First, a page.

When I see a woman dirty and shuffling. She wears plastic bags on her feet. She carries all her worldly possessions in her handbag with one unbroken strap. She doesn’t have a place she calls home. She lives where her legs will take her and where a light burns bright for her. I don’t see a helpless bum. I see a woman with great grit and determination. She lives proudly in the worst of situations. She is a SURVIVOR.
When I see a young woman bucking the system. She is trouble – fighting, lying, hating. She never does the right thing. Always does the opposite of what is expected. She is conniving and manipulative. I consider the possibility of her turmoil is from abuse. A verbally abusive mother. A controlling Father. Maybe, an unsuspecting neighbor sexually abused her as a child and NO ONE KNOWS. She didn’t tell. She is ANGRY and violated. She wants to strike out at the world. I ACHE for her. Not only is she incredibly tormented but she bears the pain on her own. How twisted and buried it must be. That child is crying inside and needs to be comforted. She needs to know, it wasn’t her fault. She is BLAMELESS.
When I see a woman jealous and hateful. She gossips and gets great pleasure in demeaning her fellow sister. She despises the happiness of others and will think nothing of a cutting remark. I don’t see a bitch. I see a woman terribly unhappy. She is void of empathy. She is withering from lack of light. She is in DARKNESS.
When I see a woman standing on a street corner. She is Looking out from hard eyes, and tough skin. She sways when she walks but she can fight when she needs to, or run. She has been beaten bloody. She has been stoned out of her mind. She has been violated, and torn until she is scarred and broken. Her life is the streets. Waiting for that twenty she can shoot up her veins. I don’t see a hooker junkie. I see a child whose mother abandoned her at age two. I see a lost, frightened little girl, who cried out for her Daddy and received beatings instead. She got lost in the system. No one cared for her. No one raised her. No one loved her. Not then. Not now. Not ever. I see a life that could miraculously change. A change so dramatic when she stood up to tell her story every ear would hear and be astounded. I see someone who God could use. She is SOMEBODY.
When I see a woman all dressed in black. She has black nail polish and hair. She wears chains and nose rings. She has a neck tattoo just above her lace trimmed collar. She is quiet and broody. People tend to give her a wide berth and confused glances. I don’t see a mental case. I see an artistic creation locked inside, lacking the freedom to express her needs and desires. She is passionate, complex, and terribly misunderstood. I want to unlock her chains. I want her to know she can live as uniquely as God made her. She is FREE.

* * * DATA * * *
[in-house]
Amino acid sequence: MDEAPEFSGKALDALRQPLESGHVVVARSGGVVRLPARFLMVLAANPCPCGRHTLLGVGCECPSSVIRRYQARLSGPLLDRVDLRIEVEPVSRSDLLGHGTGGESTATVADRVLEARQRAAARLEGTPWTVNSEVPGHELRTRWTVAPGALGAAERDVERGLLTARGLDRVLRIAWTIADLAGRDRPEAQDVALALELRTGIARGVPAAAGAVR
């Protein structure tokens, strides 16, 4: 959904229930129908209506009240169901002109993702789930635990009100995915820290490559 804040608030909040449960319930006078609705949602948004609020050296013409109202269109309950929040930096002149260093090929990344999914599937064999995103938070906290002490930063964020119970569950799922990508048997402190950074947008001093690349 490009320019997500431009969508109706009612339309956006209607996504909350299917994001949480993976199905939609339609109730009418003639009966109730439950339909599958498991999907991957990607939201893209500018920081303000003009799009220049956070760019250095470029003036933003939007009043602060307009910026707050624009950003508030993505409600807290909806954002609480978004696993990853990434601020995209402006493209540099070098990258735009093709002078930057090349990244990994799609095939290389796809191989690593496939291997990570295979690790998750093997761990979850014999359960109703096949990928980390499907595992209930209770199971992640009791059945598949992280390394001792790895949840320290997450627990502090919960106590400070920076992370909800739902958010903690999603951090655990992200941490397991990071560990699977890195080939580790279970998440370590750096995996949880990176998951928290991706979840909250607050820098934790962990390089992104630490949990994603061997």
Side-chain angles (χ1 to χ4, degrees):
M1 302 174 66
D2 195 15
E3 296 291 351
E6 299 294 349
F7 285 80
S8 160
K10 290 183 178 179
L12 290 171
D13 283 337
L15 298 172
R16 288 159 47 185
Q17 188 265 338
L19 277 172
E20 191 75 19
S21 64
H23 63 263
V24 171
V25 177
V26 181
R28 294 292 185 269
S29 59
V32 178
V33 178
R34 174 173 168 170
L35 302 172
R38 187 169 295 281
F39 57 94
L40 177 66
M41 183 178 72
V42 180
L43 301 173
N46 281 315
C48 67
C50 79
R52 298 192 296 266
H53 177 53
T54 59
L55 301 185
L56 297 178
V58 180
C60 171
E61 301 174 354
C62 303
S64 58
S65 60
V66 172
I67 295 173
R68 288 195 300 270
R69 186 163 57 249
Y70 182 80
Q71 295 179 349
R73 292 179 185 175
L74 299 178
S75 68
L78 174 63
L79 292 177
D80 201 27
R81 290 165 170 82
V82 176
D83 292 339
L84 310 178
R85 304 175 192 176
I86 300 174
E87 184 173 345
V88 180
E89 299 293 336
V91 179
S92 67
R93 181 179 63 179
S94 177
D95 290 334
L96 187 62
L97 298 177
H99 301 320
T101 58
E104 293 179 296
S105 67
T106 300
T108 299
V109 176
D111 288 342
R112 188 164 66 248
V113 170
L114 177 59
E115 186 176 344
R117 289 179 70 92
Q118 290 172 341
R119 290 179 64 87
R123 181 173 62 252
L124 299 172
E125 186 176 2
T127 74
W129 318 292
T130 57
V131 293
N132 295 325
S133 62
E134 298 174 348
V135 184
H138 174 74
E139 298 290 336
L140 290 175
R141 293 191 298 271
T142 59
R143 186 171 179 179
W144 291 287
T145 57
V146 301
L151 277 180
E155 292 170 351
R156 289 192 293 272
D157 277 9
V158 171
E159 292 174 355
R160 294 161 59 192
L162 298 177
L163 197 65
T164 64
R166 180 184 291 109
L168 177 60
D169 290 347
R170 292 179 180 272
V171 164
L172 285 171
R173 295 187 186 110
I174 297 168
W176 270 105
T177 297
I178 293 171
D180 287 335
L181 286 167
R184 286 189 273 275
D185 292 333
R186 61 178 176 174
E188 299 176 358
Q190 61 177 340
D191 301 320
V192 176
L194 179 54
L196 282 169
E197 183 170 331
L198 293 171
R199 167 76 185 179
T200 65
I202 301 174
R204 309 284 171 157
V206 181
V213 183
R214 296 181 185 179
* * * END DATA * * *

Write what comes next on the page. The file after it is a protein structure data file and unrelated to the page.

When I see a woman struck down by illness. She has battled fiercely and lost. She is worn out. She has seen every doctor, tried every prescription. She has been betrayed by her body, by her mind. She wishes for well-being but only ends up sicker and sadder. With each failed treatment, depression sets in. Pain ensues. It’s a downward spiral of despair. Her life stops as she is only able to do so much in her weakened state. She loses her family, her job, her will. I don’t see a hypochondriac. I see a woman desperate for faith. I see a woman who needs to know she can be supernaturally healed, if only she will believe it. She is WHOLE.
When I see a woman using foul language. She swears with the best of them, dropping F-bombs, like hydros, hitting targets left and right. I don’t see desecration. I see a woman who watched their week old infant son take his last breath in her arms. I see a woman who was good and proper her whole life, until she had to dig deep to find the strength to survive burying her baby. Her anguish expelled on her lips in short fiery bursts. I would curse too. She MISSES her son. She will always miss him. She HURTS.
You don’t know what ANYONE is going through, or how they got to that point, or where they came from. You don’t know, nor may you ever know. One thing is for sure, there is SOME story. Maybe it’s not any of the above. Maybe it’s not even close. But what if you considered the possibility, and instead of judging, held them deeply with compassion.
Fill yourself up with all the love in your soul and beam it towards these women. SEE THEM. It’s easy to reject what we don’t understand. It’s so hard to embrace when we do.
I humbly ask you, LOVE them. Just love them anyway. That is true unfading beauty.